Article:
In my opinion, there are three key components to playing excellent defensive football. When I work with my linebackers, everything we do in our individual periods is explained to them as “building a house”. The most basic, fundamental skills we teach form the foundation of our house. As we progress, and get more advanced, we’re working on walls, windows, doors, etc. But, none of that stuff matters if our foundation collapses. At Norwich, the foundation of our linebacker house is built with bricks made of three things:
- Attacking and getting off of blocks (D.O.B.)
- Tackling well
This blog installment will focus on the “second” brick – one of our D.O.B. drills. I put this particular drill together, piece by piece, over a period of a couple of years. The primary inspiration for this drill actually came from working the camp circuit. I’ve worked camps over the years where I had access to an abundance of equipment, and I’ve also worked camps where I got just a patch of grass – often unlined. This drill became a way for me to get a large amount of quick, quality reps with the guys without having to use a single piece of equipment.
Players should form two single file lines. The first player in line turns to face the second player. This player is the “blocker”. They should be approximately a yard apart. I typically position myself between the two lines.
On command, the players facing “out” will step and punch. I have them step with their outside foot. We get three quick reps here (set, hit – set, hit – set, hit). We concentrate on hand placement, pad level, and force. We then rotate with the “blocker” going to the end of the line. After cycling through the entire group we add the next component: extension. They will replicate the first step with one step/punch. They then return to their stance. The next command is “fit”. The LB will place his hands in the “post-punch” position, with some flexion in his elbows. Next, I issue a “feet” command. The LB will violently lock out his arms while his feet become “live” (emphasize pad level and quick feet while not physically moving forward).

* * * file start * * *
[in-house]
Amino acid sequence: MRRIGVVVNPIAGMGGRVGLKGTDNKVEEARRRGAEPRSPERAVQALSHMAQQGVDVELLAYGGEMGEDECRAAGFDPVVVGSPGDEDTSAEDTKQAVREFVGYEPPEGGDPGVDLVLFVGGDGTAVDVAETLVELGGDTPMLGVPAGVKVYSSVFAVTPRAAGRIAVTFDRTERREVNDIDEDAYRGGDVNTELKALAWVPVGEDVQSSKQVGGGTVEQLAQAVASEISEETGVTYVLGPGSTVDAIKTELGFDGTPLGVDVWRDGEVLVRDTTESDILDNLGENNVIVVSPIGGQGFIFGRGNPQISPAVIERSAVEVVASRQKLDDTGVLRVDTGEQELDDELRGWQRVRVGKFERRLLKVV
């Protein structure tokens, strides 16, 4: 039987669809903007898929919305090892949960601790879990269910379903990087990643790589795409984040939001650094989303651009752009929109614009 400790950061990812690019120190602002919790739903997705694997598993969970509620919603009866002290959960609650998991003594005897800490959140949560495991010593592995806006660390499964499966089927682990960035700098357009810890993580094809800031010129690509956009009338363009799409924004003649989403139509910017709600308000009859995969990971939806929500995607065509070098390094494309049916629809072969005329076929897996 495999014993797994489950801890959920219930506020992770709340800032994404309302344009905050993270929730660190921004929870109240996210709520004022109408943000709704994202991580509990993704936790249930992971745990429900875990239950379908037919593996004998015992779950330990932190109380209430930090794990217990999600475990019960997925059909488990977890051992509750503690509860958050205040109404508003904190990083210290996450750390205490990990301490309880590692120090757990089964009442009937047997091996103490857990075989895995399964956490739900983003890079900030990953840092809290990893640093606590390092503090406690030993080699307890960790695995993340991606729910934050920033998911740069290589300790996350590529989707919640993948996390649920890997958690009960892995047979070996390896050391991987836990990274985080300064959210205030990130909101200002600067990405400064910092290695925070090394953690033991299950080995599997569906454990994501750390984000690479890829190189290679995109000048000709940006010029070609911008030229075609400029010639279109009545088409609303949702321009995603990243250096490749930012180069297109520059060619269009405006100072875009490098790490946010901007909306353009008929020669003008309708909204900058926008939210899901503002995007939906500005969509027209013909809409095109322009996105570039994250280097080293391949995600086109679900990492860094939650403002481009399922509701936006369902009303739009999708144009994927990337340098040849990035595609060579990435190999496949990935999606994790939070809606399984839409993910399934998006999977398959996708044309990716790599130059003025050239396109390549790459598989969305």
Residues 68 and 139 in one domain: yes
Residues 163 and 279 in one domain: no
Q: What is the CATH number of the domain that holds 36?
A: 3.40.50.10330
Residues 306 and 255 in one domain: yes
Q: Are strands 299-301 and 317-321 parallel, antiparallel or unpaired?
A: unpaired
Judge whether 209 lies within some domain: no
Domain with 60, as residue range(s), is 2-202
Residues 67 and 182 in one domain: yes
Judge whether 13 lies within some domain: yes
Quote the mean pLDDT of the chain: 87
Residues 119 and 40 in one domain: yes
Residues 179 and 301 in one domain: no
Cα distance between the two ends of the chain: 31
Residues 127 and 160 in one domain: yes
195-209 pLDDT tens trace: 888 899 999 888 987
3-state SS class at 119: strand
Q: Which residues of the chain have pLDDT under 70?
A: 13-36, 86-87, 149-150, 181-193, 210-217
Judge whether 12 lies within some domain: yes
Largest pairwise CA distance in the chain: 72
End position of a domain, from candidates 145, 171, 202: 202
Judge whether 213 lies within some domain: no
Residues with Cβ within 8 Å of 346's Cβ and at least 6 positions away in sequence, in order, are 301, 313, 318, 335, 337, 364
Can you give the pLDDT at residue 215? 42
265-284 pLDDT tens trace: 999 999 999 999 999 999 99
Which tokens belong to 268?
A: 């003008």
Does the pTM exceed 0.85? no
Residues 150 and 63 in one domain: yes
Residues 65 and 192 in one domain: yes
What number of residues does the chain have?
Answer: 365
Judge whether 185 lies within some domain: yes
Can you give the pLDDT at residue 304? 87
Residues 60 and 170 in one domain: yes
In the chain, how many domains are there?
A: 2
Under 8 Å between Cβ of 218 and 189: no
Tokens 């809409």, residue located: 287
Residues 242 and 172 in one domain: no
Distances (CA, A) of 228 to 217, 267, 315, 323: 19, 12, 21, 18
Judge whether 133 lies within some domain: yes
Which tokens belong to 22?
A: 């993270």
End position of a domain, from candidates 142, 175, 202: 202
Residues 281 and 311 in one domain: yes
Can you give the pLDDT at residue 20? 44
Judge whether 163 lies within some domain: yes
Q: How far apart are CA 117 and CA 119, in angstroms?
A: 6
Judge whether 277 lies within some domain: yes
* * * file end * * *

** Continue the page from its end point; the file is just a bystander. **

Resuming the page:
Again, we will cycle through the entire group and then move onto the escape part of the drill. We start at the top again with a single step/punch, and then repeat the fit/feet component. At this point, while they are in a locked-out position with live, fast feet, I give a “rip” command. Each player will rip off the block to the outside. My focus is on good rip technique, tight fits off their blocker, and re-stacking the blocker with square hips to adjust to a ball-carrier.
I’ve found this drill to be an extremely effective way to get a lot of quality work done in a short amount of time. Because we constantly start from the first step and add to it, our guys understand that it’s all a progression and the foundations are important. When time permits, we often add a RB to the drill to hammer home the points of square hips and live feet for open field situations.
If you are interested in seeing this drill performed, please get in touch and I can have a clip of it sent to you. I can be reached at email@example.com. As always, I love meeting and talking to coaches.